Russia completed a series of tests on Monday checking that its internet services could function if the country were to get cut off from the worldwide web, Deputy Communications Minister Alexei Sokolov said.
The tests, conducted over the course of several days on specially designated networks, follow Russia’s controversial “sovereign internet” law enacted last month, which aims to tighten state control over the network to protect it from possible cyberattacks from abroad.
“The outcomes of the review showed that government agencies and communications operators are ready to respond effectively to threats,” Russia’s Communications Ministry was quoted as saying after the tests.
A Communications Ministry presentation, however, said that over half of the simulated cyberattacks during the tests had penetrated Russia’s cyber defenses, the Vedomosti business newspaper reported.
“The simulated intruder was able to successfully carry out 62.5% of attacks through the SS7 protocol and 50% through the Diameter protocol,” it cited the presentation as saying.
Russia passed its internet isolation law in response to what it calls the "aggressive nature" of U.S. national cybersecurity strategy.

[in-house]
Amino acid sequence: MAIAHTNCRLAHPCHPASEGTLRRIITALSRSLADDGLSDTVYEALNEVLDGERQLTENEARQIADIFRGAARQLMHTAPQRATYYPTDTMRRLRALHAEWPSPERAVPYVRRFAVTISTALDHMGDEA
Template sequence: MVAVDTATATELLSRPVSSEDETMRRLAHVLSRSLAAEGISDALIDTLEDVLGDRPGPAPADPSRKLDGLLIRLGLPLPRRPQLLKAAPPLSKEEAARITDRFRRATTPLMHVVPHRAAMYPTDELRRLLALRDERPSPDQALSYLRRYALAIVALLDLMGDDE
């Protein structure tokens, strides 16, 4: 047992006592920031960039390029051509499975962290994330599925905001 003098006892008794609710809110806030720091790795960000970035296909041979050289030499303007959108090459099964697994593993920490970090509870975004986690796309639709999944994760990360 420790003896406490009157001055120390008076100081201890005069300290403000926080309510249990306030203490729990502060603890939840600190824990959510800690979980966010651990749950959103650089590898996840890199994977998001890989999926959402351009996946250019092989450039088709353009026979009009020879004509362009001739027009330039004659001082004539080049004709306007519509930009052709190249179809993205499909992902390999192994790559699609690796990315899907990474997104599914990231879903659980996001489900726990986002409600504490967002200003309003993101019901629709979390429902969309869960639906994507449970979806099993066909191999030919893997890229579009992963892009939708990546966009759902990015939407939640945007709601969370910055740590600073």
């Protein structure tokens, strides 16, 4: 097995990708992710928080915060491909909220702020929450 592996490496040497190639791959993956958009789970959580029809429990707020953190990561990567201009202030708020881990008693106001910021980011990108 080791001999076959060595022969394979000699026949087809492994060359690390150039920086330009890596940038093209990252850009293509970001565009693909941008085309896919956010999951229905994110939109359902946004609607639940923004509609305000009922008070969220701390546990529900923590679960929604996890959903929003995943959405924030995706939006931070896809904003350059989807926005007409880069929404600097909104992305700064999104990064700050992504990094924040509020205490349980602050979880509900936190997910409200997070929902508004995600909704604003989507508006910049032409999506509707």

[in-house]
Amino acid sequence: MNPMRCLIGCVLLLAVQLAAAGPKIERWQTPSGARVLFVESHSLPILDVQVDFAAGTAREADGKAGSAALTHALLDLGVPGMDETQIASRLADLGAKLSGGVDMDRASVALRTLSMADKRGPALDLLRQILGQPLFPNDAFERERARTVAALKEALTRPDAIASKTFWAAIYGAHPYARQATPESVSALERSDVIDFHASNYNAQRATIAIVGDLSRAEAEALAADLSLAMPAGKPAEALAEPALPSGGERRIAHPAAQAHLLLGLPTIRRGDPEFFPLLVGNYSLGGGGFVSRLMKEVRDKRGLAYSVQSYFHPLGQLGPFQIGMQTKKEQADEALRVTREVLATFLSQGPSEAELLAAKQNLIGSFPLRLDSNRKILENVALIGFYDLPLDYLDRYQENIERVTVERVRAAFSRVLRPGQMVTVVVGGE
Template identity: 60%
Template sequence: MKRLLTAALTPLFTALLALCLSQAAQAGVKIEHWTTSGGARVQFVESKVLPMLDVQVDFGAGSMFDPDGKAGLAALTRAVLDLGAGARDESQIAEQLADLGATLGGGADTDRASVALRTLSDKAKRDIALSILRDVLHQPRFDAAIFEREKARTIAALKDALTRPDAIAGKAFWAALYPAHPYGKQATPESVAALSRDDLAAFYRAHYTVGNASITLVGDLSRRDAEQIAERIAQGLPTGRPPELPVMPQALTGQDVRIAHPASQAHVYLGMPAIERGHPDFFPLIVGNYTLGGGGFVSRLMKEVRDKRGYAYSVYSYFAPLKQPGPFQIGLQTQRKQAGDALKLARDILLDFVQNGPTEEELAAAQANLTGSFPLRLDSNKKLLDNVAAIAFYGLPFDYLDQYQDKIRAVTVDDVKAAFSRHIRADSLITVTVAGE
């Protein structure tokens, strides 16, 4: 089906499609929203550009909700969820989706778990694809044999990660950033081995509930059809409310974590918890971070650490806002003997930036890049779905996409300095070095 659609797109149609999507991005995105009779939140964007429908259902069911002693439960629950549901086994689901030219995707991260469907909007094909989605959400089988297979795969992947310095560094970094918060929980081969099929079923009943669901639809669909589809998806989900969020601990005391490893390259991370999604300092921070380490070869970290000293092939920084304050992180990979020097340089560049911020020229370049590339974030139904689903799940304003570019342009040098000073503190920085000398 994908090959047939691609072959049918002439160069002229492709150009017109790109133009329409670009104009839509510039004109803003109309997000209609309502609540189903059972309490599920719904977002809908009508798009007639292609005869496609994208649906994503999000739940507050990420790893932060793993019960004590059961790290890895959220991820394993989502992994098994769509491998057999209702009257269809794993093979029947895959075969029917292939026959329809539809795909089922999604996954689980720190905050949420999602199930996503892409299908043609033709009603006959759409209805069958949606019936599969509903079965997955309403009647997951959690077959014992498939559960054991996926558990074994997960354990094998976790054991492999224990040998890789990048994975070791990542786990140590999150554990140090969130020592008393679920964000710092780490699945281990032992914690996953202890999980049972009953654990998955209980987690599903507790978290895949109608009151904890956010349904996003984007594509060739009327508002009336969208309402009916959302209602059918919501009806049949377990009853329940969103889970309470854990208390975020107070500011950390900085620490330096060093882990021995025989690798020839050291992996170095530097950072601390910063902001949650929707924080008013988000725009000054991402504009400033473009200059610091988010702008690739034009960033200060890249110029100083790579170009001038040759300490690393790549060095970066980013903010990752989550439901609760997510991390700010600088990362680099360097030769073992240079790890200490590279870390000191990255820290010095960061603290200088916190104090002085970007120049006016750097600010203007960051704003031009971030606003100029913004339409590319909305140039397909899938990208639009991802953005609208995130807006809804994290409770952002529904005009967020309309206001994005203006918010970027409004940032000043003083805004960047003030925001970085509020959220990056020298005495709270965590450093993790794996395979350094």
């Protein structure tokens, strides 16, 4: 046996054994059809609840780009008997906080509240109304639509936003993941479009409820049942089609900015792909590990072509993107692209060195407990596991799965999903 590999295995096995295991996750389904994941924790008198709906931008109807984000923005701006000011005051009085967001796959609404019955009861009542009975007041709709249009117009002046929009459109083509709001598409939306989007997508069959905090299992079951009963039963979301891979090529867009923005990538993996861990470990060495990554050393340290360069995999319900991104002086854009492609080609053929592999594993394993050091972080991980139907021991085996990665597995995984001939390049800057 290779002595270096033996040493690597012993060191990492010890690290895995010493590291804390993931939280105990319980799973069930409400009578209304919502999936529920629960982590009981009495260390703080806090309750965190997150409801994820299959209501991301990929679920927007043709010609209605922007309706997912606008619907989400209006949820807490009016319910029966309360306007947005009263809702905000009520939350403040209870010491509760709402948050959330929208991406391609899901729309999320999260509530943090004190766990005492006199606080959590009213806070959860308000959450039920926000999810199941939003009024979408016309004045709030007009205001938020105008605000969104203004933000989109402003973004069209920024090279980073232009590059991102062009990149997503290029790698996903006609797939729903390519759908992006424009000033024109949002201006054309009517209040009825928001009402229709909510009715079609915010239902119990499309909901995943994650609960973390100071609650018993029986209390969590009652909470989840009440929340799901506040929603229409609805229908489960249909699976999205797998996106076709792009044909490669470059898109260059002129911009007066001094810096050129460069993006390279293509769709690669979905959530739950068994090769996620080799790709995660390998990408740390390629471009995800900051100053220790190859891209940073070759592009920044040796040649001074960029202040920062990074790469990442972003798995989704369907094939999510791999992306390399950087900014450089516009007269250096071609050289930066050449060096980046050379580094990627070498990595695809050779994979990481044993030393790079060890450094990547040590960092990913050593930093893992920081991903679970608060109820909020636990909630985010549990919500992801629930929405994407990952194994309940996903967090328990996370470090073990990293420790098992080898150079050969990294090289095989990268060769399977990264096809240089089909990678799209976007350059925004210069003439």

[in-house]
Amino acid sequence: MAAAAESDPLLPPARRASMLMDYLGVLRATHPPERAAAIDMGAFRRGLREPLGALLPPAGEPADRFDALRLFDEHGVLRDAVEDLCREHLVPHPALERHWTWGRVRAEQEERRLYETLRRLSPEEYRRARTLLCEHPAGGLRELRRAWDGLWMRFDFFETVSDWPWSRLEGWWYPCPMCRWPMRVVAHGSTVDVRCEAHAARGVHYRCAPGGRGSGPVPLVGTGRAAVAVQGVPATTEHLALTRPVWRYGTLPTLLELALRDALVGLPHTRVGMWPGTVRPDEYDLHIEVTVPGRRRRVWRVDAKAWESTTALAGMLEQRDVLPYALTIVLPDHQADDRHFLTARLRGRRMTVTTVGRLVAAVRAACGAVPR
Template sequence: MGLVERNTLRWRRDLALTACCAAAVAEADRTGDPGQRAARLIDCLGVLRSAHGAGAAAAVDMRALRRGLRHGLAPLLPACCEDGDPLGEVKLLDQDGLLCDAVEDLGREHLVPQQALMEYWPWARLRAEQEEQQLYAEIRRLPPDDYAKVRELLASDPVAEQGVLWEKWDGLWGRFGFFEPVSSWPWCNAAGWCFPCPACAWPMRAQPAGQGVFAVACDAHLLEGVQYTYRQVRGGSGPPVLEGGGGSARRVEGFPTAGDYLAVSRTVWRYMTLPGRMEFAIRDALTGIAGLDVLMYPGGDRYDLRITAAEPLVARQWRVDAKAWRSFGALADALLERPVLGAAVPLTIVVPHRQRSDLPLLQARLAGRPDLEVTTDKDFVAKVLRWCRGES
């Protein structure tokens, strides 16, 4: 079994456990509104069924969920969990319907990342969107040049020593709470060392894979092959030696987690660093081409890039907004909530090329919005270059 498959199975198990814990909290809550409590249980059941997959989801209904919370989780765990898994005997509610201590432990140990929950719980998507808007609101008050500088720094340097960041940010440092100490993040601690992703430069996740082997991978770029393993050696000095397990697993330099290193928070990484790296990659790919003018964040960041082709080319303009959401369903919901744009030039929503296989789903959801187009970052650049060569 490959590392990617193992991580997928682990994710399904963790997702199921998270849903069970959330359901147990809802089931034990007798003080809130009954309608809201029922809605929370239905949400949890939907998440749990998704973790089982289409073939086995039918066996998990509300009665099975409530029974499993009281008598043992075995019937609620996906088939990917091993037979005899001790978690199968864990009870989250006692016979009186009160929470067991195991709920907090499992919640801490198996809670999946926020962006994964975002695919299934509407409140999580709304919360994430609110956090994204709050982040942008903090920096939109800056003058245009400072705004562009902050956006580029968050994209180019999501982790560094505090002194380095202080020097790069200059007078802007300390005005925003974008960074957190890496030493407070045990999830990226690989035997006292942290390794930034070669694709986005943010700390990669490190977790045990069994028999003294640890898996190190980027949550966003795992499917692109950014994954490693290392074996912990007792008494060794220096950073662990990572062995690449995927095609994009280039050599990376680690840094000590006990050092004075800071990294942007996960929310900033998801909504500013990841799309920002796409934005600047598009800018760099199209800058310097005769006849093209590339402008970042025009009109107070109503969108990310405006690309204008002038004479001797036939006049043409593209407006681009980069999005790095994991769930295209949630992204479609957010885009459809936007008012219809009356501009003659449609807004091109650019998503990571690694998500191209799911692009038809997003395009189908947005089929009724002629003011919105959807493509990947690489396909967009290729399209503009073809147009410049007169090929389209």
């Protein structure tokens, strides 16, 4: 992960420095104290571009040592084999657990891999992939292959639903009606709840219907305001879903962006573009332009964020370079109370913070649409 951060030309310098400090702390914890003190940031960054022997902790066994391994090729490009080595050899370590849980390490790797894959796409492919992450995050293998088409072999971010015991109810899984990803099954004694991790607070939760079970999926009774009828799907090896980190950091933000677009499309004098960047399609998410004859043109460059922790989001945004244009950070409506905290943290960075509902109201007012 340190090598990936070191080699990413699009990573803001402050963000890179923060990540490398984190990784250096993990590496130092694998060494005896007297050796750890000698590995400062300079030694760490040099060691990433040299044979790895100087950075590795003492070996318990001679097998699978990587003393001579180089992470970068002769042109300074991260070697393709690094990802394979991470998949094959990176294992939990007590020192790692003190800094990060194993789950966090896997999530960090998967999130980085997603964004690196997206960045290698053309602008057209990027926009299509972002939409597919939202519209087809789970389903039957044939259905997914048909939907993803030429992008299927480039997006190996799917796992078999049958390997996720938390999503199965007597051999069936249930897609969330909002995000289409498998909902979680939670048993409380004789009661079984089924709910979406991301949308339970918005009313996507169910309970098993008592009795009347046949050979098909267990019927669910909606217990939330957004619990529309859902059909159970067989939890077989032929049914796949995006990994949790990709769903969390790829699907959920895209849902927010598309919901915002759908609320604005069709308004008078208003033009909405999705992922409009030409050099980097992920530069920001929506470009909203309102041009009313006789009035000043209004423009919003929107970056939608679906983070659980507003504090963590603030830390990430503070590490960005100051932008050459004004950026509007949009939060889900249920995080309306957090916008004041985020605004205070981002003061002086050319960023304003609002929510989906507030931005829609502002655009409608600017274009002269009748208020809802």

The law requires state-run institutions and security services, as well as all communications operators, messengers and email providers, to participate in government-run tests of the network. Authorities say the isolation tests do not affect regular internet users.
Free speech activists say the “sovereign internet” law will lead to increased government surveillance of Russia’s cyberspace. President Vladimir Putin insisted last week that a free internet and a sovereign internet did not contradict one another.
"Our goal is to provide uninterrupted internet service on Russian territory under any circumstances," Deputy Communications Minister Sokolov told a press briefing.
The Communications Ministry plans to submit the test results to Putin.
Reuters contributed reporting to this article.